Tech Incubator Helps Start-Ups Plug in to the Asian Market

Posted by Daniel Ferguson on Wed, Oct 09, 2019 @ 10:29 AM

Walk through virtually any major city in the United States, and you’ll likely find coworking spaces. In these environments, budding entrepreneurs are not only able to work but to bounce their ideas off like-minded professionals.

When young business leaders enter any of eight U.S.-based OnePiece Work locations, however, they find more than just physical spaces for collaboration. They also get access to an array of resources that help them plug in to some of the world’s largest and fastest-growing economies.

OnePiece Work-1At OnePiece, members attend speaking events with global business leaders, as well as tap in to a network of partner companies in Asia and Europe, getting help with everything from business development and market research to recruiting and product localization.

“We’re a truly cross-border coworking platform, and we held over 100 events last year with lots of investors, Fortune 500 companies, academic leaders, and entrepreneurs from across the globe,” says Yue Xiong, the marketing director at OnePiece.

OnePiece_logoLaunched in 2017, OnePiece has hosted more than 200 multicultural events with over 30,000 international visitors, including representatives from giants like Alibaba, Mitsubishi, Seiko, Cheetah Mobile, and Samsung. It has also brought in several high-profile leaders in the public sector, such as Hirofumi Yoshimura, the governor of Osaka, Japan, and representatives from the United Nations.

“Our mission is to provide the best support to the next generation of start-ups with our cross-border advantages,” says Xiong.

“We Accept and Respect Differences”

In 2016, Vickey Li, a young commercial real estate developer, opened the first OnePiece Work location in San Jose, California, United States. The space was intended as a boutique coworking area, and the hope was to provide a friendly environment to business customers.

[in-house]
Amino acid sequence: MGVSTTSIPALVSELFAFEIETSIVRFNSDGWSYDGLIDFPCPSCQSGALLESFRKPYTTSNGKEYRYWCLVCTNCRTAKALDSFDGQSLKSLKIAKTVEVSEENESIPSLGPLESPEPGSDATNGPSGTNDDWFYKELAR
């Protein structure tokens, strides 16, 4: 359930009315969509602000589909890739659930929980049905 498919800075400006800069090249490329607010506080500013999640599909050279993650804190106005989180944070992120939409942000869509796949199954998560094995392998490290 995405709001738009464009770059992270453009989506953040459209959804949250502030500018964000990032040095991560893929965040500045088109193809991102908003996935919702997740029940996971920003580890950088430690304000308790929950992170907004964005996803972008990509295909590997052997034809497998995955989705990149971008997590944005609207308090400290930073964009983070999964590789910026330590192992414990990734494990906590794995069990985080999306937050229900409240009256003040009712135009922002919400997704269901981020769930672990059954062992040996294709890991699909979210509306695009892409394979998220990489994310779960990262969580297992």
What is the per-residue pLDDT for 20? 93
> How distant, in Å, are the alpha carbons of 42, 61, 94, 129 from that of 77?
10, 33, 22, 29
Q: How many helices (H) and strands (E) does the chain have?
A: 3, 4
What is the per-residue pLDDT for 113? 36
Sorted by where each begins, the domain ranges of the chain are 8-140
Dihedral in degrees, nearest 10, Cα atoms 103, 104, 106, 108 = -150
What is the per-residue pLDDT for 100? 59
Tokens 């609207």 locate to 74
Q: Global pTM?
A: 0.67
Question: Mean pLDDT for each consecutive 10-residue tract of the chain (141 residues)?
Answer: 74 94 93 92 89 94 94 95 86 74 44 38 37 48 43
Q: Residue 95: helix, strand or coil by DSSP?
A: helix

However, when Li met Wei Guo, a Forbes 30 under 30 investor who has supported more than 300 companies to date, the venture took a sharper focus on the technology industry. The partners soon moved OnePiece headquarters to the heart of the tech world, San Francisco, California, United States.

In just three years, OnePiece, the 2019 Gold StevieⓇ Award winner for “Entrepreneur of the Year” in the real estate category, expanded into seven more tech markets on the U.S. Pacific Coast. It plans to open its first Chinese-based workspace in Shenzhen. Those locations house nearly 250 companies from over 30 industries, including artificial intelligence (AI), robotics, consumer goods, fintech, education, social networking, and gaming.

From the beginning, the OnePiece founders—each backed by significant international business experience—made international growth a key point of differentiation from other tech incubators.

“We trust our members’ crazy ideas and help them expand to broader markets,” Xiong says.

Given the potential sales opportunities in Asia, it’s not hard to see the appeal. Despite a slowdown in recent years, China’s economy, for example, continues to grow at a more than 6 percent clip. For a country with nearly 1.4 billion people, that means a lot more consumers will see their spending power grow in the decades ahead.

Xiong says the emphasis on global business opportunities also ensures there’s a lively exchange of viewpoints and experiences, which brings value to young companies.

“We accept and respect differences,” adds Xiong, “and because of these differences, we’ve built a cross-border community that helps us stand out.”

OnePiece Work recently won two Stevie Awards—a Gold Stevie in the Entrepreneur of the Year category in the Real Estate industry and a Bronze Stevie in the Startup of the Year in the Business Services industry—in the 17th annual American Business Awards®.

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Topics: The American Business Awards, American business awards, technology innovations